Runed Halo — In a sense, this is pseudo-removal. Extended decks are sometimes plagued by a great huge honking weakness: they have few paths. For Next and Previous Level Blue, a Runed Halo on a Tarmogoyf can provide an incredible amount of time in which you are safe. Merely countering things that attack it (or laying a Greater Auramancy) might win you the game.
Advice from the Fae — A lot of people might forget that during the era of Necro, Ancestral Memories was a card that won a few PTQs. Advice from the Fae, if you have the creature advantage, is Ancestral Memories, if not better. Of course, the old-school card could help you dig for Force of Will. I’m not sure what you might need to dig for with Advice from the Fae, but it is still worth remembering in your brainstorm list.
Cursecatcher — A kind of Force Spike/Disrupt on legs, the Cursecatcher can actually come down incredibly fast, and has a few other nice traits to help out as well. It’s a Merfolk, which is nice for a one-drop. It’s also a Wizard, so he helps out Kai, potentially. This card is only really valuable if there are a lot of non-creatures to think about, but Extended has traditionally had a lot of Instants and Sorceries to worry about…
Savor the Moment — I don’t like this card. There. I’ve said it. That said, it is possible that this might help enable some kind of combo deck.
Dusk Urchins — This card reminds me of a (temporarily) bigger Phyrexian Rager. It can easily net you more cards, and so gets worth noting, where I think the Rager would not.
Faerie Macabre — Wow. This card sure is a kick to the teeth of a lot of graveyard decks. Having no mana activation and being a total surprise makes it very worth taking note of as a sideboard card.
Flame Javelin — Not only can the Javelin easily dodge Counterbalance, but it can pump out a serious amount of damage. While clearly not as economical as a splash, it does have the nice ability to actually hit a man (unlike Flames of the Blood Hand) and not hurt you (like Char). This one might become a serious contender in decks like the Burn deck that became popular in the middle of the recent Extended season.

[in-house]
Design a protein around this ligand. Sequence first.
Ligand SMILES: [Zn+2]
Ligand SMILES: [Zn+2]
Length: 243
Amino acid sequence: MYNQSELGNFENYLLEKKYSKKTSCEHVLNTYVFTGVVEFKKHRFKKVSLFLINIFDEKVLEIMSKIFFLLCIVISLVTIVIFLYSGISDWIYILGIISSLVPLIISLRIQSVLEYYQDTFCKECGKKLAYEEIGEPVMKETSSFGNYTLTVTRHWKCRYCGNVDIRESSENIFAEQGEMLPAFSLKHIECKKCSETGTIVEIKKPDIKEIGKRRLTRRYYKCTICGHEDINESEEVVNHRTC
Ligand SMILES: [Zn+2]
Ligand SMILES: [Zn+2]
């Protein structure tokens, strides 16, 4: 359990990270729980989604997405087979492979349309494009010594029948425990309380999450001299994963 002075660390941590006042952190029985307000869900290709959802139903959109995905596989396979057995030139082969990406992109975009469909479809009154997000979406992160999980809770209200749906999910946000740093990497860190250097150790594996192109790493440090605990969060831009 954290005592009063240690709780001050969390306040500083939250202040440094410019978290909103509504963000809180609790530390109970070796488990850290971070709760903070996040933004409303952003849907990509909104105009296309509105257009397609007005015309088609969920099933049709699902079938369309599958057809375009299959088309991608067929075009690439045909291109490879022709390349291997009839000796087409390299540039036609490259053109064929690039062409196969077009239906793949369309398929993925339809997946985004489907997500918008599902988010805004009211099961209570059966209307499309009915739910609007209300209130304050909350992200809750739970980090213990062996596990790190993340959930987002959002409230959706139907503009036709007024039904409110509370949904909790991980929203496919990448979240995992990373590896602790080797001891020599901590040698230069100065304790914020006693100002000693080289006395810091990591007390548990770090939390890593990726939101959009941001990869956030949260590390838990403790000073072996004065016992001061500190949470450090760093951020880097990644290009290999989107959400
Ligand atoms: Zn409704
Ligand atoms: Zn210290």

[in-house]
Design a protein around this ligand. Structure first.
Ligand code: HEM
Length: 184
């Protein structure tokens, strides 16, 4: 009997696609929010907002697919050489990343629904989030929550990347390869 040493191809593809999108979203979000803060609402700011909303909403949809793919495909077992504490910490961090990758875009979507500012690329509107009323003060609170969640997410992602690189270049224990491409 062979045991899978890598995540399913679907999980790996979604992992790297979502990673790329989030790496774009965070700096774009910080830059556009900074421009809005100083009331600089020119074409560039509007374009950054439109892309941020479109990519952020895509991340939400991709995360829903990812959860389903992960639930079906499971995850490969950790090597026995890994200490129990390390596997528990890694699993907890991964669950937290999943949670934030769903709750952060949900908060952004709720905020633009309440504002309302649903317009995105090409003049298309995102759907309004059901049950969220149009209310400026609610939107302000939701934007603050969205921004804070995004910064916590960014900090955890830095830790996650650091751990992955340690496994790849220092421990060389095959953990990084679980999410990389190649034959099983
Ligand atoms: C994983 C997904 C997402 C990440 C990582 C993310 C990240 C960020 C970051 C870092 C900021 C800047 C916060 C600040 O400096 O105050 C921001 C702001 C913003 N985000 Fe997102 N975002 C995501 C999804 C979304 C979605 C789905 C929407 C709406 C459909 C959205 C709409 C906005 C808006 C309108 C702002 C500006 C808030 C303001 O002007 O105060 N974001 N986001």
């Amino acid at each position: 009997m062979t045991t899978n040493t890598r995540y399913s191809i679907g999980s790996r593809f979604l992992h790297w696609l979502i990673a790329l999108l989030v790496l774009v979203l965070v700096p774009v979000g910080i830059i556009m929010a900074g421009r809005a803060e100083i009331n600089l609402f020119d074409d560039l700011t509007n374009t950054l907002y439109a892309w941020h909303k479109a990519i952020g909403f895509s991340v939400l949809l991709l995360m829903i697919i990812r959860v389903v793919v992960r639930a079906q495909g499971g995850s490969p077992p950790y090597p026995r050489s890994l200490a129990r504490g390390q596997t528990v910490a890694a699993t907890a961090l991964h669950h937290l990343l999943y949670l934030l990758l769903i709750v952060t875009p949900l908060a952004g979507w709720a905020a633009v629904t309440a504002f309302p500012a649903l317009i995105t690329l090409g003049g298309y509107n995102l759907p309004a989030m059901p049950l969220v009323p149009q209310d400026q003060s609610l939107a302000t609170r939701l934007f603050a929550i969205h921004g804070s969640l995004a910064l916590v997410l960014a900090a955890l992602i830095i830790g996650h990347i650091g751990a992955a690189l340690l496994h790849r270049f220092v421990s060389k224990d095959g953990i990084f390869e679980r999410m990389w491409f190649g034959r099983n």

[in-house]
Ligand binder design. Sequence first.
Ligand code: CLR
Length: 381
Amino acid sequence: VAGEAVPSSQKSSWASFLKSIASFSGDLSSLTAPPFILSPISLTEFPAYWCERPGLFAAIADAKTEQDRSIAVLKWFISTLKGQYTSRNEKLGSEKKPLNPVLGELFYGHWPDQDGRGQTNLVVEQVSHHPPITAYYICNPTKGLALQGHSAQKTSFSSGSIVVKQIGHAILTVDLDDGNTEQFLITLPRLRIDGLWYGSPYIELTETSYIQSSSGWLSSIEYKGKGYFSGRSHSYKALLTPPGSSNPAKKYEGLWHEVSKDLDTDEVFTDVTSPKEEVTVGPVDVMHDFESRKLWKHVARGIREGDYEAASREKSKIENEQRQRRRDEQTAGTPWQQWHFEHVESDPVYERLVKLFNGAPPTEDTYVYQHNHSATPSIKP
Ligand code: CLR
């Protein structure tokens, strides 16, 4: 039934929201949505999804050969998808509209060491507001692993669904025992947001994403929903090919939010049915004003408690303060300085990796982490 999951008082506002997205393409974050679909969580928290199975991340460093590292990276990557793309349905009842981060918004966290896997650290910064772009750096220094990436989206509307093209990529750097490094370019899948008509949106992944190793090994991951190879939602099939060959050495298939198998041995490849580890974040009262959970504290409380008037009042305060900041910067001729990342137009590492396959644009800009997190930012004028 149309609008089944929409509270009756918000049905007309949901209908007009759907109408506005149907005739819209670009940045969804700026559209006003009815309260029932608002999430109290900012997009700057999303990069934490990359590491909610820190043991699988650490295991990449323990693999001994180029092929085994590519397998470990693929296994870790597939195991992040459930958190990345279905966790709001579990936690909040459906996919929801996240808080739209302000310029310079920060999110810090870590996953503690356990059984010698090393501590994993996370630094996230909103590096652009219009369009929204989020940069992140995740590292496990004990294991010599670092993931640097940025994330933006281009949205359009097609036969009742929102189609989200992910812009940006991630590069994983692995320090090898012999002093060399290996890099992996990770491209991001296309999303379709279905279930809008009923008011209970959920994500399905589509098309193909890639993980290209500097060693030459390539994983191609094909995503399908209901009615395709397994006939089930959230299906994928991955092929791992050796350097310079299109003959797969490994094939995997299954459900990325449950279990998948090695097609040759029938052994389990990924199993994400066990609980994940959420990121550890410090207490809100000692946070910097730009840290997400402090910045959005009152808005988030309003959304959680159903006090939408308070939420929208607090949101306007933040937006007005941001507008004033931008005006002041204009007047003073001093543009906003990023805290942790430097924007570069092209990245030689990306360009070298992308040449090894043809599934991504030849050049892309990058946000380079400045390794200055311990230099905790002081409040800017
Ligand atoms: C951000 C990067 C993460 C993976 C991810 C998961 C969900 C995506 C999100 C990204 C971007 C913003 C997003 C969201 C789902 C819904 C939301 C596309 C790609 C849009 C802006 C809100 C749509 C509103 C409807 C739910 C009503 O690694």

Farhaven Elf — This card seems like it would be an easy fit into the Elf-Opposition decks that would occasionally show up at PTQs.
Augury Adept — Essentially an Ophidian with bonuses, the weakness of the Adept is that two power. Some decks might be able to find a way to overcome that, with perhaps an old-school MiViLite Tempo-blue build (Venser that! Sower that!) as the means to get the Adept through. By that same token, Finkel doesn’t see much play, and he’s built in with fear.
Enchanted Evening — Making everything an Enchantment has immediate repercussions in Extended. For a short time, at least, Pernicious Deed can go a little crazy. But there are other exploitations beyond that. Enchanted Evening decks have shown up all over the place in forum posts, but they largely involve recreating Jokulhaups. Seems fine…
Puresight Merrow — With such an incredibly cheap untap ability for a (potentially) Blue Merfolk, it seems like an easy inclusion in Opposition, able to make every mana into an Icy Manipulator.
Swans of Bryn Argoll — While incredibly dangerous, the Swans also represent another opportunity for combo-fodder. Chain of Plasma is the easy, crazy combo. Skred and Seismic Assault have been others. I’m still somewhat shocked that this card exists.
Oona, Queen of the Fae — Oona is an incredibly potent potential replacement for Meloku. Meloku’s ability can be better at times: it doesn’t necessarily really cost mana, it is guaranteed to work, and Meloku actually can get to work a whole turn sooner. Oona, on the other hand, doesn’t stunt you when you massively activate it, and it is a much larger body. Killing a Meloku would often put a player at a choice: semi-Upheaval myself for profit? Oona, rather, just says, “Do I have anything better to do?”
Sygg, River Cutthroat — Sygg is an interesting card. Potentially, in a deck capable of putting out the damage, Sygg can let you draw two additional cards a turn. Sygg doesn’t care when you damaged them. Just that it happened that turn. This can make Sygg potentially more powerful as a card advantage card than Bob Maher, the Dark Confidant, himself. That’s worth noting.